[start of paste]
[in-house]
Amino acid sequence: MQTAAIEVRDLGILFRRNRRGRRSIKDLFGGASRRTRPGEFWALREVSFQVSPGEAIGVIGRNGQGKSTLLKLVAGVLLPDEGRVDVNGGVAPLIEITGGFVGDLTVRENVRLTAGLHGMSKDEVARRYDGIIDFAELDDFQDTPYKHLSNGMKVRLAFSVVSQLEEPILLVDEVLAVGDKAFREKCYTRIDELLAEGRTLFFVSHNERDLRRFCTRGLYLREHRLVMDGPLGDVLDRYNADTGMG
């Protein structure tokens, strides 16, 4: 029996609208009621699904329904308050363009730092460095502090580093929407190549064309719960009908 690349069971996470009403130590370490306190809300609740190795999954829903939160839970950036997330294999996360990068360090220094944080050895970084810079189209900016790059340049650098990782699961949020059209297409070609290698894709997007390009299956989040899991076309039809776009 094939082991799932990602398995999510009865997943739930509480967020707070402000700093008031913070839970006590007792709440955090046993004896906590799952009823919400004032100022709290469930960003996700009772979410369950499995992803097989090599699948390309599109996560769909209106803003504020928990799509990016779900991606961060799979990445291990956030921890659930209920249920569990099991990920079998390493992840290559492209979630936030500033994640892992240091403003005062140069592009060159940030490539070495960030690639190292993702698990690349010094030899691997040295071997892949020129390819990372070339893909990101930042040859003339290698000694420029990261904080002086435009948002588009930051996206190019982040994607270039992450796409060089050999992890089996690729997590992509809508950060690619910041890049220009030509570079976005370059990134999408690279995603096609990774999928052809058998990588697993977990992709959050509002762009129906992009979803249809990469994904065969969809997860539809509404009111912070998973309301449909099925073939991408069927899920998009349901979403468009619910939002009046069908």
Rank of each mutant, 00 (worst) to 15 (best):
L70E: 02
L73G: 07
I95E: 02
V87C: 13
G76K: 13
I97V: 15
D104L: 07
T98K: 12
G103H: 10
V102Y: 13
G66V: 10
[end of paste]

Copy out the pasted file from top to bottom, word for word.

[in-house]
Amino acid sequence: MQTAAIEVRDLGILFRRNRRGRRSIKDLFGGASRRTRPGEFWALREVSFQVSPGEAIGVIGRNGQGKSTLLKLVAGVLLPDEGRVDVNGGVAPLIEITGGFVGDLTVRENVRLTAGLHGMSKDEVARRYDGIIDFAELDDFQDTPYKHLSNGMKVRLAFSVVSQLEEPILLVDEVLAVGDKAFREKCYTRIDELLAEGRTLFFVSHNERDLRRFCTRGLYLREHRLVMDGPLGDVLDRYNADTGMG
């Protein structure tokens, strides 16, 4: 029996609208009621699904329904308050363009730092460095502090580093929407190549064309719960009908 690349069971996470009403130590370490306190809300609740190795999954829903939160839970950036997330294999996360990068360090220094944080050895970084810079189209900016790059340049650098990782699961949020059209297409070609290698894709997007390009299956989040899991076309039809776009 094939082991799932990602398995999510009865997943739930509480967020707070402000700093008031913070839970006590007792709440955090046993004896906590799952009823919400004032100022709290469930960003996700009772979410369950499995992803097989090599699948390309599109996560769909209106803003504020928990799509990016779900991606961060799979990445291990956030921890659930209920249920569990099991990920079998390493992840290559492209979630936030500033994640892992240091403003005062140069592009060159940030490539070495960030690639190292993702698990690349010094030899691997040295071997892949020129390819990372070339893909990101930042040859003339290698000694420029990261904080002086435009948002588009930051996206190019982040994607270039992450796409060089050999992890089996690729997590992509809508950060690619910041890049220009030509570079976005370059990134999408690279995603096609990774999928052809058998990588697993977990992709959050509002762009129906992009979803249809990469994904065969969809997860539809509404009111912070998973309301449909099925073939991408069927899920998009349901979403468009619910939002009046069908």
Rank of each mutant, 00 (worst) to 15 (best):
L70E: 02
L73G: 07
I95E: 02
V87C: 13
G76K: 13
I97V: 15
D104L: 07
T98K: 12
G103H: 10
V102Y: 13
G66V: 10